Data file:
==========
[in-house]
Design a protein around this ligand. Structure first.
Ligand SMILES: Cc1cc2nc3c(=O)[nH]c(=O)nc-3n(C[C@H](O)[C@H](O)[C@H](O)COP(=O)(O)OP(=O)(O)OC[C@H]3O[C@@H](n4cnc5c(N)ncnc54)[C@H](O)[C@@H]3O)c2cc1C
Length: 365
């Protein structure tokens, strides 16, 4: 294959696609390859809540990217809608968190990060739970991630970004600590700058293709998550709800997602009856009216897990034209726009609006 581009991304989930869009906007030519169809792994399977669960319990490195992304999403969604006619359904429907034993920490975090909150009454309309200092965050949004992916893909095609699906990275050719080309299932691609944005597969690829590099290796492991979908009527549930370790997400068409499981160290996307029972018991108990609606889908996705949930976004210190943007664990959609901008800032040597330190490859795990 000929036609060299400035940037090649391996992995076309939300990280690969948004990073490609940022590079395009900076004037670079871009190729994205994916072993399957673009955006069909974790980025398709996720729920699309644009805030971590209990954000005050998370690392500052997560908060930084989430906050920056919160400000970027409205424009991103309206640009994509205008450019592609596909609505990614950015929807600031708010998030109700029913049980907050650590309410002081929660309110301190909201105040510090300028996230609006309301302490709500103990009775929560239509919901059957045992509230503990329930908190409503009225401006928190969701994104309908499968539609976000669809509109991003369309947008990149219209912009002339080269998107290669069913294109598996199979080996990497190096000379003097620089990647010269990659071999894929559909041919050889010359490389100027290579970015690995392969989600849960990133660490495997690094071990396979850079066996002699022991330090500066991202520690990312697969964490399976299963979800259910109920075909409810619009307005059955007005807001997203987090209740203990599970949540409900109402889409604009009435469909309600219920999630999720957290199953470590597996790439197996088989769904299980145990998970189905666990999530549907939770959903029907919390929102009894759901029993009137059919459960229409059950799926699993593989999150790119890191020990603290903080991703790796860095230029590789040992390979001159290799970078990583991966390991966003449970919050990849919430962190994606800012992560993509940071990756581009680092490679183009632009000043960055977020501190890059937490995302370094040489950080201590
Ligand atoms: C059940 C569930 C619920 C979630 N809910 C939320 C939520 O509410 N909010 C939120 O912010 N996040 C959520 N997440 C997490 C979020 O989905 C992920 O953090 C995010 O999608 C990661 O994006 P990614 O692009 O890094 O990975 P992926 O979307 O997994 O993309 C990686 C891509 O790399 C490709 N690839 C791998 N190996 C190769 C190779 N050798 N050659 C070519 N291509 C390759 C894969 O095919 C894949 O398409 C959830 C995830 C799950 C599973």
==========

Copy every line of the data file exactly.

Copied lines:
[in-house]
Design a protein around this ligand. Structure first.
Ligand SMILES: Cc1cc2nc3c(=O)[nH]c(=O)nc-3n(C[C@H](O)[C@H](O)[C@H](O)COP(=O)(O)OP(=O)(O)OC[C@H]3O[C@@H](n4cnc5c(N)ncnc54)[C@H](O)[C@@H]3O)c2cc1C
Length: 365
């Protein structure tokens, strides 16, 4: 294959696609390859809540990217809608968190990060739970991630970004600590700058293709998550709800997602009856009216897990034209726009609006 581009991304989930869009906007030519169809792994399977669960319990490195992304999403969604006619359904429907034993920490975090909150009454309309200092965050949004992916893909095609699906990275050719080309299932691609944005597969690829590099290796492991979908009527549930370790997400068409499981160290996307029972018991108990609606889908996705949930976004210190943007664990959609901008800032040597330190490859795990 000929036609060299400035940037090649391996992995076309939300990280690969948004990073490609940022590079395009900076004037670079871009190729994205994916072993399957673009955006069909974790980025398709996720729920699309644009805030971590209990954000005050998370690392500052997560908060930084989430906050920056919160400000970027409205424009991103309206640009994509205008450019592609596909609505990614950015929807600031708010998030109700029913049980907050650590309410002081929660309110301190909201105040510090300028996230609006309301302490709500103990009775929560239509919901059957045992509230503990329930908190409503009225401006928190969701994104309908499968539609976000669809509109991003369309947008990149219209912009002339080269998107290669069913294109598996199979080996990497190096000379003097620089990647010269990659071999894929559909041919050889010359490389100027290579970015690995392969989600849960990133660490495997690094071990396979850079066996002699022991330090500066991202520690990312697969964490399976299963979800259910109920075909409810619009307005059955007005807001997203987090209740203990599970949540409900109402889409604009009435469909309600219920999630999720957290199953470590597996790439197996088989769904299980145990998970189905666990999530549907939770959903029907919390929102009894759901029993009137059919459960229409059950799926699993593989999150790119890191020990603290903080991703790796860095230029590789040992390979001159290799970078990583991966390991966003449970919050990849919430962190994606800012992560993509940071990756581009680092490679183009632009000043960055977020501190890059937490995302370094040489950080201590
Ligand atoms: C059940 C569930 C619920 C979630 N809910 C939320 C939520 O509410 N909010 C939120 O912010 N996040 C959520 N997440 C997490 C979020 O989905 C992920 O953090 C995010 O999608 C990661 O994006 P990614 O692009 O890094 O990975 P992926 O979307 O997994 O993309 C990686 C891509 O790399 C490709 N690839 C791998 N190996 C190769 C190779 N050798 N050659 C070519 N291509 C390759 C894969 O095919 C894949 O398409 C959830 C995830 C799950 C599973």